An ambitious clown show from veteran performer Chris Lynam,
An intriguing take on life for the ageing performer
The use of projection is initially promising: there is a gauze screen between audience and performer with which Lynam interacts. He dreams and remembers; warped hallucinations that we are able to see as well. It would have been nice to have more of this – as it is, the projections feel slightly underutilised. Moreover, no matter how pathetic, funny or grotesque Lynam’s clowning is, he is ultimately performing behind a barrier and we feel isolated physically and emotionally as a result.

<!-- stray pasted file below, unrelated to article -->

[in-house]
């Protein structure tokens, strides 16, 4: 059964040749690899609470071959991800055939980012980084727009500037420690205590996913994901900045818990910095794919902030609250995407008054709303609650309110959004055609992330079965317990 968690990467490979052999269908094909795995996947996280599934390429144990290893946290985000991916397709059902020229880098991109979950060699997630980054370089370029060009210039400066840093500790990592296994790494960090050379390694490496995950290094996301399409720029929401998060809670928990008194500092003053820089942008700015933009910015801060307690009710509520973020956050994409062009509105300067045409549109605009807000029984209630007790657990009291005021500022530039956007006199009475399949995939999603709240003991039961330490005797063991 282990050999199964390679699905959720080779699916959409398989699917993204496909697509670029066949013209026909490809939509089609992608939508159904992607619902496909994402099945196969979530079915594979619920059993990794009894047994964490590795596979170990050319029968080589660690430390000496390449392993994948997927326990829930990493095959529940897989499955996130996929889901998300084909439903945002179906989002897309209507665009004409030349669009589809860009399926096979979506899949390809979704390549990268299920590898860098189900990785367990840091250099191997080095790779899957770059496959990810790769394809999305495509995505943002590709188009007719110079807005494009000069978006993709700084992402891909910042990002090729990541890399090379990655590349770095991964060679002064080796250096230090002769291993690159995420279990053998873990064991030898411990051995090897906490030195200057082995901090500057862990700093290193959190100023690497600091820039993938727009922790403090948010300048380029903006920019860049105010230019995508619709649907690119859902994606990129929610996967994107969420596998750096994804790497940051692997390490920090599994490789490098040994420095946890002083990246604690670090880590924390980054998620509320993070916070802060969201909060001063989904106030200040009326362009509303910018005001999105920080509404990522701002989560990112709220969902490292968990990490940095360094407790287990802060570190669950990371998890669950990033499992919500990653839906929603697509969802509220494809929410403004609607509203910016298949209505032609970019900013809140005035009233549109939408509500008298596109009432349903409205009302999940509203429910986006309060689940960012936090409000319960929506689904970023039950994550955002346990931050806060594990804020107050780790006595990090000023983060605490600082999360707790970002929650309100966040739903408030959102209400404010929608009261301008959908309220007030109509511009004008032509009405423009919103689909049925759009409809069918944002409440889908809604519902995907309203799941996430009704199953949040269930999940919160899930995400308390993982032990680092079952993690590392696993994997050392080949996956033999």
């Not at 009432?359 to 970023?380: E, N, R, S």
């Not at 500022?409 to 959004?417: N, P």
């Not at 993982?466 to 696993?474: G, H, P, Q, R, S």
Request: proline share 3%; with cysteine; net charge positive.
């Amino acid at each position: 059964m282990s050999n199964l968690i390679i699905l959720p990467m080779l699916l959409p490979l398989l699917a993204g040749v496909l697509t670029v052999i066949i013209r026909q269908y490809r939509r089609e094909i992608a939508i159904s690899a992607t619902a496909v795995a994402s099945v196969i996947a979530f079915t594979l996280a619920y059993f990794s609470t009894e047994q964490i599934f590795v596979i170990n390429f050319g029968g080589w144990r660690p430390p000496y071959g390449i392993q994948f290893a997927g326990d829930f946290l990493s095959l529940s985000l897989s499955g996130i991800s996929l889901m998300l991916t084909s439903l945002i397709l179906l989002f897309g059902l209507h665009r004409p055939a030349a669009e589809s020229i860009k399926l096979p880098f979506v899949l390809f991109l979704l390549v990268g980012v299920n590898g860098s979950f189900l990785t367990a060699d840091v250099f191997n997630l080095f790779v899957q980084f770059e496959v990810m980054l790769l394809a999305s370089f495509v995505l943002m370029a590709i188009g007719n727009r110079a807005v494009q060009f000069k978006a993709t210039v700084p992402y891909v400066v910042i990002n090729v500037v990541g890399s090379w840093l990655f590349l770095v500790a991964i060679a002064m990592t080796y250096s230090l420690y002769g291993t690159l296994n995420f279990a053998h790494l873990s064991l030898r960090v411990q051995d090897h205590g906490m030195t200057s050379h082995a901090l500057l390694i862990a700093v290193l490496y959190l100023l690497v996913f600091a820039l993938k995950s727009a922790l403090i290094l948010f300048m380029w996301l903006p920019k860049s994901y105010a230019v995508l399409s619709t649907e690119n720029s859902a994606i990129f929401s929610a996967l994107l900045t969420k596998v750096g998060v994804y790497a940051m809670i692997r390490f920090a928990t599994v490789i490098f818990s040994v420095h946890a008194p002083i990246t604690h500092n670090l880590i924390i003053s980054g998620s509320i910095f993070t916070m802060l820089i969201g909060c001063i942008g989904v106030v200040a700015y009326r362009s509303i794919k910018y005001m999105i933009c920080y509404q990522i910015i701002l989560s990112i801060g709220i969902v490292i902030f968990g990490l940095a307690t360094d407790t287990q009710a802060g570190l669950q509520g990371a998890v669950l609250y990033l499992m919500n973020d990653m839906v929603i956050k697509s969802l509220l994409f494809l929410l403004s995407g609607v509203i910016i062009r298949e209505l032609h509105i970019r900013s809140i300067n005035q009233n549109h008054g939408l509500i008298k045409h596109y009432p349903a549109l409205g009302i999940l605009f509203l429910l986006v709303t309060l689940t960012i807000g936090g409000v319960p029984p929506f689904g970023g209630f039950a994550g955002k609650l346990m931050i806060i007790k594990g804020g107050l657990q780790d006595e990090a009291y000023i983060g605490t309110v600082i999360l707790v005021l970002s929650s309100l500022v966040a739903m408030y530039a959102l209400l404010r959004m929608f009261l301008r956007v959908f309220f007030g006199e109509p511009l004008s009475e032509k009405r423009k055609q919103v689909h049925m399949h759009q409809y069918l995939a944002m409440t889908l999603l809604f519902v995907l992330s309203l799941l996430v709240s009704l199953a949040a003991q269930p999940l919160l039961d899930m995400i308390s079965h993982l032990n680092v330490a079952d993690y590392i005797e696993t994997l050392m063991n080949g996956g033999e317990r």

It is, therefore, in the more ‘traditional’ moments of clowning that Lynam reaches his peak. He chases butterflies, plays instruments and, in a brilliantly surreal piece of jet-black comedy, faces death itself. He is a hugely talented performer and the show’s conclusion – his desperation becoming too much for the production to contain – is a Fringe moment to savour.
The original score propels things along nicely and there are moments of wonderful silliness amidst the dark psychology of our faded protagonist. The problem is that the silliness, the darkness and the projections never really cohere. It feels like it’s been planned in sections – one light, one dark, one film, repeat – and while it’s technically well-executed, we never feel connected to ErictheFred or concerned for his wellbeing.
An intriguing take on life for the ageing performer, ErictheFred never goes far enough in any direction to be truly compelling, although no one is doubting Lynam’s impressive clowning skill.